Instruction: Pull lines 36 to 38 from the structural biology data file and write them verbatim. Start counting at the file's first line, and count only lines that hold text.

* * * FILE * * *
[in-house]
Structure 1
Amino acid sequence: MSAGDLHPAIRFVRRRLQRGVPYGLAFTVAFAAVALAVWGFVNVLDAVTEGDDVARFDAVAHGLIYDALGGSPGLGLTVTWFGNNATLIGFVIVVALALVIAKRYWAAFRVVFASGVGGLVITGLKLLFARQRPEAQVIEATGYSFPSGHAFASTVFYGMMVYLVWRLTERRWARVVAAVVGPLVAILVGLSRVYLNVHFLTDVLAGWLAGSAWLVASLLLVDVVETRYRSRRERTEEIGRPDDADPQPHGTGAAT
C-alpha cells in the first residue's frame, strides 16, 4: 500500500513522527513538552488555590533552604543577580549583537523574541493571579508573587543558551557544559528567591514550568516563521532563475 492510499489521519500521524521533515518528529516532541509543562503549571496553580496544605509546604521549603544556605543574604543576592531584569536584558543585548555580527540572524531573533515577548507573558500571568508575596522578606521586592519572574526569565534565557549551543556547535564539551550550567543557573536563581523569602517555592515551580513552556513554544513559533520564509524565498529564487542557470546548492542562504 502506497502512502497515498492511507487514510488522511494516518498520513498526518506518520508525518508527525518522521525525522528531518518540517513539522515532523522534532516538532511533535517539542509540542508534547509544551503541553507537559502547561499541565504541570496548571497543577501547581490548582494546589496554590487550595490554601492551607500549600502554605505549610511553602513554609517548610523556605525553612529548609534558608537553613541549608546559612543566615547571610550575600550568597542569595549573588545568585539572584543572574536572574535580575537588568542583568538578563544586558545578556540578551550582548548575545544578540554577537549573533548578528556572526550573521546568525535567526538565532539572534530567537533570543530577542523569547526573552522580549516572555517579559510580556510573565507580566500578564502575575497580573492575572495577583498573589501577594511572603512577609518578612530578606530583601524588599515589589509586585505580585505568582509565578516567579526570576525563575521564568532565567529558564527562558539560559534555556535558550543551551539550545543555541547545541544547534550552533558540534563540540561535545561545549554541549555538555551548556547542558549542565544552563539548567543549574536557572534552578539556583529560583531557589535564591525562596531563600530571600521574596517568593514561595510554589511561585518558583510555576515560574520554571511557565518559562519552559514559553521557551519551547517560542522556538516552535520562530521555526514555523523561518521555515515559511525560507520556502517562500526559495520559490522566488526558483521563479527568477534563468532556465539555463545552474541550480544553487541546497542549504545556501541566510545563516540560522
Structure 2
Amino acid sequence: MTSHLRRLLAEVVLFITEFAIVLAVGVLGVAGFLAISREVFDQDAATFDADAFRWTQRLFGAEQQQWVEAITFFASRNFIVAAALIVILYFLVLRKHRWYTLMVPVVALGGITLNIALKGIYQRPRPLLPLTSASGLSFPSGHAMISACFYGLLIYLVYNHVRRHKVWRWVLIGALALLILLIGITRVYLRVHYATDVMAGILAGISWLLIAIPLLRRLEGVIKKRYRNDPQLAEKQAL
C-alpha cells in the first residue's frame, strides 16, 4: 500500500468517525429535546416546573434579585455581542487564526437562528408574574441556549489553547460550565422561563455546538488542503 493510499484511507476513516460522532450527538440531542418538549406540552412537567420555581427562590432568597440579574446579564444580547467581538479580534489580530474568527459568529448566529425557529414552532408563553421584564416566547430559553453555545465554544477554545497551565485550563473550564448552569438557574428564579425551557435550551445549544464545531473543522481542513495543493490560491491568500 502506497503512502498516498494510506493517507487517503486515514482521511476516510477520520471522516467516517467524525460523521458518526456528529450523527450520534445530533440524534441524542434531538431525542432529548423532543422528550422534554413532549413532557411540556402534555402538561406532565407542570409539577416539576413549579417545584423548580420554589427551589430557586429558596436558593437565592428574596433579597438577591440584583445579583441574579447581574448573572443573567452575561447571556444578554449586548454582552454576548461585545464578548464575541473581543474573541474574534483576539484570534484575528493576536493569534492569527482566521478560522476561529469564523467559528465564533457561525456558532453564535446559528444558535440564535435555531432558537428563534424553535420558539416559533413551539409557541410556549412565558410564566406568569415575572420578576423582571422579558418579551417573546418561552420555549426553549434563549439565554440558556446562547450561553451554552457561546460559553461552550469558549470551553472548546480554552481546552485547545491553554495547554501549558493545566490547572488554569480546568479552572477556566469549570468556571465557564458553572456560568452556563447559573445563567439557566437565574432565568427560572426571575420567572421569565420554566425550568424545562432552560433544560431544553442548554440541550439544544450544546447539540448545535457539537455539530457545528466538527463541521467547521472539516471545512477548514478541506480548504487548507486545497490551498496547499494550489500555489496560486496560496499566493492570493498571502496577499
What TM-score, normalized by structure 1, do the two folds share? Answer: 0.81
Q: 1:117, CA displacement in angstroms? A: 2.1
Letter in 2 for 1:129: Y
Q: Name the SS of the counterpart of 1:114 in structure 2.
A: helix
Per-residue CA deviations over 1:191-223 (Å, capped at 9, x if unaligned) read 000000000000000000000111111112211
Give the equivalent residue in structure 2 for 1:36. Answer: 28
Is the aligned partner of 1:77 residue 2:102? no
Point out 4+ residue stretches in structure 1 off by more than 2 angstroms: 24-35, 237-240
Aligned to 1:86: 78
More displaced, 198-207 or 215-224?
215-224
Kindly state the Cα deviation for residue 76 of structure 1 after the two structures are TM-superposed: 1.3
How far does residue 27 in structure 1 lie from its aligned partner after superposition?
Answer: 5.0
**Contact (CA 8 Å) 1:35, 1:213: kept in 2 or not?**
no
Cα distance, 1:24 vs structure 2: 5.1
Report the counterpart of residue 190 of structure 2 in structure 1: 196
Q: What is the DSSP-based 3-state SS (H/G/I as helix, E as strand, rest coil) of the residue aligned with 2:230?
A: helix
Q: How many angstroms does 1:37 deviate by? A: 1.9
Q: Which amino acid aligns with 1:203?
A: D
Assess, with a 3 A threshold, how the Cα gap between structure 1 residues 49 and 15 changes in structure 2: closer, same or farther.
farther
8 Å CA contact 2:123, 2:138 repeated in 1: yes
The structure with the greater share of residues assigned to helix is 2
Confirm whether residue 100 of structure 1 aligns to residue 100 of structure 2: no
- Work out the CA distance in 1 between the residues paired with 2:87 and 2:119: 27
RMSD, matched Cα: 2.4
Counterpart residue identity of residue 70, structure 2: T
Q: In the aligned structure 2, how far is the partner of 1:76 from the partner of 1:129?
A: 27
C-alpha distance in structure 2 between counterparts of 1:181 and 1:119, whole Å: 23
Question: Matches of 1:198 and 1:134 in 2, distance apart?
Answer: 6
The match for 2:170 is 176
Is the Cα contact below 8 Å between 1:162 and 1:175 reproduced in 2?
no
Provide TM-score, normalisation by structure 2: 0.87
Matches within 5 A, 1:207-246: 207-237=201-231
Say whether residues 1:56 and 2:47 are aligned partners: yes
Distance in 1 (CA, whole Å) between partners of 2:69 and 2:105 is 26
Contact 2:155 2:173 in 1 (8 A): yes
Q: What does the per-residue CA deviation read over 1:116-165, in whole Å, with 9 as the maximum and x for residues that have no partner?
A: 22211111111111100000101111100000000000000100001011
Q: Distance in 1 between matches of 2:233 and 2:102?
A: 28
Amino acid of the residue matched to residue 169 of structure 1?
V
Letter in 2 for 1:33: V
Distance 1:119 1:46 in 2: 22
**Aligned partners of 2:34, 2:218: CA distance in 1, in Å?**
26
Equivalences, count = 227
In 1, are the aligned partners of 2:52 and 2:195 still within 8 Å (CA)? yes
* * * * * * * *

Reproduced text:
Confirm whether residue 100 of structure 1 aligns to residue 100 of structure 2: no
- Work out the CA distance in 1 between the residues paired with 2:87 and 2:119: 27
RMSD, matched Cα: 2.4